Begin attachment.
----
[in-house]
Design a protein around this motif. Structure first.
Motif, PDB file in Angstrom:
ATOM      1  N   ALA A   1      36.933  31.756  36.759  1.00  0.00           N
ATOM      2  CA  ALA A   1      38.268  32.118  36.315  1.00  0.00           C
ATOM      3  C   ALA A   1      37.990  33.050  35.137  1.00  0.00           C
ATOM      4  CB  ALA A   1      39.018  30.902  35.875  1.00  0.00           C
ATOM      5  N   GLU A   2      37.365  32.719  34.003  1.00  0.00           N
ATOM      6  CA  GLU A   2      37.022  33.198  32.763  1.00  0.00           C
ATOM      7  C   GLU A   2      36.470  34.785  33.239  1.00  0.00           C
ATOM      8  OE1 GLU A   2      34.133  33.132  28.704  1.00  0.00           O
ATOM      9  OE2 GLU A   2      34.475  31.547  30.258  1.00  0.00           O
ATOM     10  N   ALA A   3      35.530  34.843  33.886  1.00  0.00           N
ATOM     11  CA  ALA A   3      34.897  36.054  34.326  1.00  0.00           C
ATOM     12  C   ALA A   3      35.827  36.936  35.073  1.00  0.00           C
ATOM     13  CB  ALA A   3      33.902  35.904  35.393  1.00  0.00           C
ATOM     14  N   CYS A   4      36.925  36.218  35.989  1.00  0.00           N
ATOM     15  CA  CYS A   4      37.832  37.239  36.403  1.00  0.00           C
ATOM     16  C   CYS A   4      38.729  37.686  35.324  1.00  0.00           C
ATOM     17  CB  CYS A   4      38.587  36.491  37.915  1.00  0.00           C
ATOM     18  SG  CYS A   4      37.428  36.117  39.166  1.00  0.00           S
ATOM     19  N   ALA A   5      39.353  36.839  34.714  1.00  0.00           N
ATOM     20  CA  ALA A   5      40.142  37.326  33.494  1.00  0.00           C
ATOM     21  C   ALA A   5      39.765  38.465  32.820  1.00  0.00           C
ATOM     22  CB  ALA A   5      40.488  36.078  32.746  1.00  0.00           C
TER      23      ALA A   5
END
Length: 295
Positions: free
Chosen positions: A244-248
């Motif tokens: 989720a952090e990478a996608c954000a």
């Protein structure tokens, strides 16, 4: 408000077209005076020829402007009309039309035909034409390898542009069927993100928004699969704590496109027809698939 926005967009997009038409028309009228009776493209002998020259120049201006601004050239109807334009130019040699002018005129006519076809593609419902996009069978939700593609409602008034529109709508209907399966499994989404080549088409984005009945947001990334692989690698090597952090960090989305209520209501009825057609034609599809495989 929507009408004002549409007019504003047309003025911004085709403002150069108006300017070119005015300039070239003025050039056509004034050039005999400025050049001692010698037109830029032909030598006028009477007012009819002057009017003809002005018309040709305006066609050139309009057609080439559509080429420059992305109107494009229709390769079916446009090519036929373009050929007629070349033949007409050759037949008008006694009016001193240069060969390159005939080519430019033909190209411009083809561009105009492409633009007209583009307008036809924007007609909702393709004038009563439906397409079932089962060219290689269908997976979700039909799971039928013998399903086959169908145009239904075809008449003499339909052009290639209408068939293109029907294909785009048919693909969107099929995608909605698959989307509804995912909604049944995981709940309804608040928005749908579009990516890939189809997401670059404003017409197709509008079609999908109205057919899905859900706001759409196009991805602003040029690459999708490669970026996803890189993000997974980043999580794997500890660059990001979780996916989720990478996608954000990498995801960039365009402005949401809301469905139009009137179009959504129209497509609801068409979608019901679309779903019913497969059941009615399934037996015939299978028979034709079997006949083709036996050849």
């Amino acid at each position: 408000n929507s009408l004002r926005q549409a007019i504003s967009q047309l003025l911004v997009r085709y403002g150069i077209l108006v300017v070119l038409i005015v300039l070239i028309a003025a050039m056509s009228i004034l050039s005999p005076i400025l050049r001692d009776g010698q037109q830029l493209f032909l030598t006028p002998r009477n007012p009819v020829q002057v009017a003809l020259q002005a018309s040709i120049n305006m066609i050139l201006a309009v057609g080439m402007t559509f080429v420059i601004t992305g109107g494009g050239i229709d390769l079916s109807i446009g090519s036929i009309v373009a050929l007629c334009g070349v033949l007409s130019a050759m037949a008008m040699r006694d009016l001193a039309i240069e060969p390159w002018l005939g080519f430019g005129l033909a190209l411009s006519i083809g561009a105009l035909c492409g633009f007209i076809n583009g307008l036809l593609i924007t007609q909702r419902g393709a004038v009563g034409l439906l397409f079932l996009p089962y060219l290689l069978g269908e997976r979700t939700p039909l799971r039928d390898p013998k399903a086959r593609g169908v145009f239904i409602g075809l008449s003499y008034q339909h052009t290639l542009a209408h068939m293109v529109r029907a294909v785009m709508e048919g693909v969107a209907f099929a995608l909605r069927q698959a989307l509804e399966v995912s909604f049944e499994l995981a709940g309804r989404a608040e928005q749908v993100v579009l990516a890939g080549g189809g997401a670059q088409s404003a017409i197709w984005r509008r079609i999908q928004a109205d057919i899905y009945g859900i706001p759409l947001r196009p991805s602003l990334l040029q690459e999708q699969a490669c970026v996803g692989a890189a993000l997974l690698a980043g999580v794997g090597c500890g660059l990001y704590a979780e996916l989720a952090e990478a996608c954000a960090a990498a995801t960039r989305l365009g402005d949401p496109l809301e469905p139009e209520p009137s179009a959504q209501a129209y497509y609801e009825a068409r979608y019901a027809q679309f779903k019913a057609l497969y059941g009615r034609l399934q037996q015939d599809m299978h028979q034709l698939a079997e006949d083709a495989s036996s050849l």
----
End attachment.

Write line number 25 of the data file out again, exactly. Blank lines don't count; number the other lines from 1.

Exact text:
ATOM     22  CB  ALA A   5      40.488  36.078  32.746  1.00  0.00           C